An independent Preschool through Grade 12 school for gifted students.
About
History

Origins of The Roeper School

George Roeper and Annemarie Bondy arrived in the United States on the eve of World War II, grateful to be alive. Annemarie, only 20 years old, was a German girl of Jewish heritage who had twice escaped the Nazis, thanks largely to George’s courage and astuteness in reading political conditions. George, a 28-year-old German graduate student, was not Jewish but because he helped the Bondys acquire the papers they needed to leave the country, he had had to flee on a moment’s notice to escape summary execution by the Nazi authorities.

When Annemarie arrived in New York, rising before dawn on a chilly April morning in 1939 to watch as her ship passed by the Statue of Liberty, a feeling of safety washed over her for the first time in years. George, who was her fiancé, had come to America in November 1938 to find a property where Annemarie’s parents, Max and Gertrud Bondy, could establish a school and the family could begin to build a new life in America. After years of losses and fear, the family could finally glimpse a secure future.
Education was the logical choice for this idealistic, scholarly family. Max and Gertrud had founded a successful boarding school in Germany in 1920 that was a radical alternative to the rigid, authoritarian schools that made up the German educational mainstream. George and Annemarie had both been educated in this idyllic setting.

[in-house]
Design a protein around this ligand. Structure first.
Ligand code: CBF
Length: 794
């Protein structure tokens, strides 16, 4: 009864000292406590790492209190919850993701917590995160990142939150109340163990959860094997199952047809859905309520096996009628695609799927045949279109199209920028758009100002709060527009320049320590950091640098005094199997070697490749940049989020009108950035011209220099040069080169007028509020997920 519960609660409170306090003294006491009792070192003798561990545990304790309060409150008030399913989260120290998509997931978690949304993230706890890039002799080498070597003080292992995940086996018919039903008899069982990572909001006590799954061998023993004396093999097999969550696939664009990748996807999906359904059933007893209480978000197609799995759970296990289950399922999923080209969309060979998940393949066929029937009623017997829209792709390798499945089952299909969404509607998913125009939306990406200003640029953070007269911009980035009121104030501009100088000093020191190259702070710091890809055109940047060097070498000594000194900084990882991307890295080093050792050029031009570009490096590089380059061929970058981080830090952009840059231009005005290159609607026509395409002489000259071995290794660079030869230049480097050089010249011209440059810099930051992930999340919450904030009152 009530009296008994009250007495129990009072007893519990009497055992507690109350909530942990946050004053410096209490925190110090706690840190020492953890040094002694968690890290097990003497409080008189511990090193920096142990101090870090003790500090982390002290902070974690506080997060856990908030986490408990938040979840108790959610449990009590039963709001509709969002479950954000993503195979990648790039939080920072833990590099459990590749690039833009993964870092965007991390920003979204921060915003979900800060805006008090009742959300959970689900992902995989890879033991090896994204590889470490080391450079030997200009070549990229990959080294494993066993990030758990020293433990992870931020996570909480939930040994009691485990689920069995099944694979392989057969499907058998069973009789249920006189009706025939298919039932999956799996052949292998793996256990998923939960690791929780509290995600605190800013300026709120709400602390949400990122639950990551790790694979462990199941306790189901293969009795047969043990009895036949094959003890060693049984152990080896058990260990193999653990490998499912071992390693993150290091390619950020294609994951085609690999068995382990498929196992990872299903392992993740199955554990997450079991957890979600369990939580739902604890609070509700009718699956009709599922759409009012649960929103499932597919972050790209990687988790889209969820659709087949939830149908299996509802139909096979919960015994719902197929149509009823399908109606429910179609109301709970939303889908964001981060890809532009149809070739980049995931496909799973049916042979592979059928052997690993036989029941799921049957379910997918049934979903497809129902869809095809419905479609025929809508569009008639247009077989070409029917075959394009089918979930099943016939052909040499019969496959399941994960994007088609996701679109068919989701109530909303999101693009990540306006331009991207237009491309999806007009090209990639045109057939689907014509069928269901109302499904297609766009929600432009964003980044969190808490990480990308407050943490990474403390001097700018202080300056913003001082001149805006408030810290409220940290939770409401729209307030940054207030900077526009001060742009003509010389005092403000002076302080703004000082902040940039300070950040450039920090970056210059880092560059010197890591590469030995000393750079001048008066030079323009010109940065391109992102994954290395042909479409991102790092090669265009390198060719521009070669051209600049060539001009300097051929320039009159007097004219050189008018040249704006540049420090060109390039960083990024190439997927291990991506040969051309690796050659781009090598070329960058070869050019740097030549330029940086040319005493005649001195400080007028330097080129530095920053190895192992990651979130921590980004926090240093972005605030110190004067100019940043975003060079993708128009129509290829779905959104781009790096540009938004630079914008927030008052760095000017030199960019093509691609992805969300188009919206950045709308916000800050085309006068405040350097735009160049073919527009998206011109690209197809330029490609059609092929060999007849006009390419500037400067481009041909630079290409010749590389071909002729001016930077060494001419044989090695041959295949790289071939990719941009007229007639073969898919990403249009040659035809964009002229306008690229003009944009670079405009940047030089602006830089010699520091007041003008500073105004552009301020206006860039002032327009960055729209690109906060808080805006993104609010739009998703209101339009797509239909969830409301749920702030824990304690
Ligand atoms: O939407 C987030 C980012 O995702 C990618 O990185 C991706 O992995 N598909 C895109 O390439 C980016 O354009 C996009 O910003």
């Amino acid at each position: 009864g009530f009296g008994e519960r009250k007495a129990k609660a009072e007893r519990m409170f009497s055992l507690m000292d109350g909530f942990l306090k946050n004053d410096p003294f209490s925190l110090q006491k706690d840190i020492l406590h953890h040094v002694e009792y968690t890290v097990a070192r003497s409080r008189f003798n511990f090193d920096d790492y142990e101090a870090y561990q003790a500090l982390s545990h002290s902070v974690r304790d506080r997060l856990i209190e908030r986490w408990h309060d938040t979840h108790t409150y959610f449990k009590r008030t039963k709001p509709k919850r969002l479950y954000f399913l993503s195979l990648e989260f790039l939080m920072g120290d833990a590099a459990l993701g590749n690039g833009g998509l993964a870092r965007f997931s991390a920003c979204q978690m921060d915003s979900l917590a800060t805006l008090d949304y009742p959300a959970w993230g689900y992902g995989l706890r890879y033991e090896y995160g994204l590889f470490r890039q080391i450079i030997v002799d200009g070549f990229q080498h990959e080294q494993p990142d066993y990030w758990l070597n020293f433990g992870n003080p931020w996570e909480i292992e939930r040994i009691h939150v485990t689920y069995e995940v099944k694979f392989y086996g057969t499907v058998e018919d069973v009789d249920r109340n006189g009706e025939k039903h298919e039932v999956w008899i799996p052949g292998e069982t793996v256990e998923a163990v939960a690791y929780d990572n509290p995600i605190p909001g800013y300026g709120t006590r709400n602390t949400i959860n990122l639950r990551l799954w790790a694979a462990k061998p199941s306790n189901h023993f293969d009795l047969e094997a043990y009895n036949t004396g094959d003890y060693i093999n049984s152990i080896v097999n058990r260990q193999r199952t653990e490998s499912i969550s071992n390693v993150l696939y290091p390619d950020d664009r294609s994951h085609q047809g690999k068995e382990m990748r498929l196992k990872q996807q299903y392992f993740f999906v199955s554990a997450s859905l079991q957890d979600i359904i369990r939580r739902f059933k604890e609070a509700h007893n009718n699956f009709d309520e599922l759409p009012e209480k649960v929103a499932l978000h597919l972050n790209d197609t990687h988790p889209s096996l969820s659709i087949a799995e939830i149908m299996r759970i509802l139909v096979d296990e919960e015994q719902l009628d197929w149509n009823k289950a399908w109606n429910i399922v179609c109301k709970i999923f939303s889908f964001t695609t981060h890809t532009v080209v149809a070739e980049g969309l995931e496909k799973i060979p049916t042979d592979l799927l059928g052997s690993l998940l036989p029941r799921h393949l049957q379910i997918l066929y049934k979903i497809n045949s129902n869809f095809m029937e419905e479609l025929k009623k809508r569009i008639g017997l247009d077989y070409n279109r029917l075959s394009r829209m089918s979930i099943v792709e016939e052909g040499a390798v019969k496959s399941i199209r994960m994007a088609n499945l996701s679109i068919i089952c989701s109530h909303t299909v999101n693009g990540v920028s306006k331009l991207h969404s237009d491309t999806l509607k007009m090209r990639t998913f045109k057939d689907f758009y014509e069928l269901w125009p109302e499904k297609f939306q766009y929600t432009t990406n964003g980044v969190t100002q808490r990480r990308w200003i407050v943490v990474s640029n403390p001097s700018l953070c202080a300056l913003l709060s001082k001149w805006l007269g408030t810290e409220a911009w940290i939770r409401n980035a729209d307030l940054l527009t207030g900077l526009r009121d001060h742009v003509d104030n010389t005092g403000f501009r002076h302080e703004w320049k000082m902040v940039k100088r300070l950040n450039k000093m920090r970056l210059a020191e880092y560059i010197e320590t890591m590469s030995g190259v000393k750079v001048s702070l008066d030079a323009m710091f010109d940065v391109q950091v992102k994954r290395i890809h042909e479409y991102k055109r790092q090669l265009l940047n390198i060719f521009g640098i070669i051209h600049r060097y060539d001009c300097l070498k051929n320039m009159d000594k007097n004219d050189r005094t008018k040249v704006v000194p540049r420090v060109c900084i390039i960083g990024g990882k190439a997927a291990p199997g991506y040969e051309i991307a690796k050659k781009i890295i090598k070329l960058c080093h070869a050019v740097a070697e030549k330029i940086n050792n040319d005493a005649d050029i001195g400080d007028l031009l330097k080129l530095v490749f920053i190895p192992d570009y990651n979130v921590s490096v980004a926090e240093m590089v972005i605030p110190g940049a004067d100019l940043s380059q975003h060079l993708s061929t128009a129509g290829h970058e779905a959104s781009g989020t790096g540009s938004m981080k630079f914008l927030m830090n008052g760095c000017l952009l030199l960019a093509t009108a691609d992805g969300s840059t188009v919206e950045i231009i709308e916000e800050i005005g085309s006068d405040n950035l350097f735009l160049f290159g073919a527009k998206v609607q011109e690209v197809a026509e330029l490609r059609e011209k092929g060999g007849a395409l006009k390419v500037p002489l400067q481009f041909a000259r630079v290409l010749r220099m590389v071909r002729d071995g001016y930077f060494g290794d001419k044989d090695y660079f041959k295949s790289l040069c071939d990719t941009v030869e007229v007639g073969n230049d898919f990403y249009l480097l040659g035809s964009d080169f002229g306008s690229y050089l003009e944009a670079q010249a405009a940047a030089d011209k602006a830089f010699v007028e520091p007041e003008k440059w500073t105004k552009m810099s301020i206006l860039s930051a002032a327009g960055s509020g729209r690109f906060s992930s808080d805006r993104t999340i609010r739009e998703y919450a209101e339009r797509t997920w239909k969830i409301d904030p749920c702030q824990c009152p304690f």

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  • Early Educational Philosophy

    But if education was the family’s most practical choice for making a living, it was also a passionately held mission, for they had all been rocked to the core by the speed and ferocity of the transformation of Germany under Adolf Hitler. How could a people of such intellectual and cultural attainments as the Germans embrace the Nazi agenda so quickly and so completely? The Germans were willing to upend their civic and judicial institutions, accept censorship and propaganda, demonize Jews and other minorities, and surrender their own rights of free speech and assembly and movement. It’s a question that baffles us still, but in 1939 it was a soul-shaking conundrum for the Bondys and George Roeper.

    The family was determined to educate children so they would not grow up to become Nazis, or to acquiesce to other tyrants. It seems an almost absurd goal: who would educate people to become Nazis? But the truth is that an education that fails to teach children to think and speak for themselves, to recognize the humanity of those about them, and to be able to analyze and interpret events and policies clearly and compassionately leaves them vulnerable to demagogues and mass movements. At Marienau, their school in Germany, Max and Gertrud had been able to teach children these skills and they were committed to continuing their work in the United States.
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BLOOMFIELD CAMPUS
Lower School and Administrative Offices
41190 Woodward Ave
Bloomfield Hills MI 48304

PHONE 248 203 7300
BIRMINGHAM CAMPUS
Middle School and Upper School
1051 Oakland Avenue
Birmingham MI 48009

PHONE 248 203 7300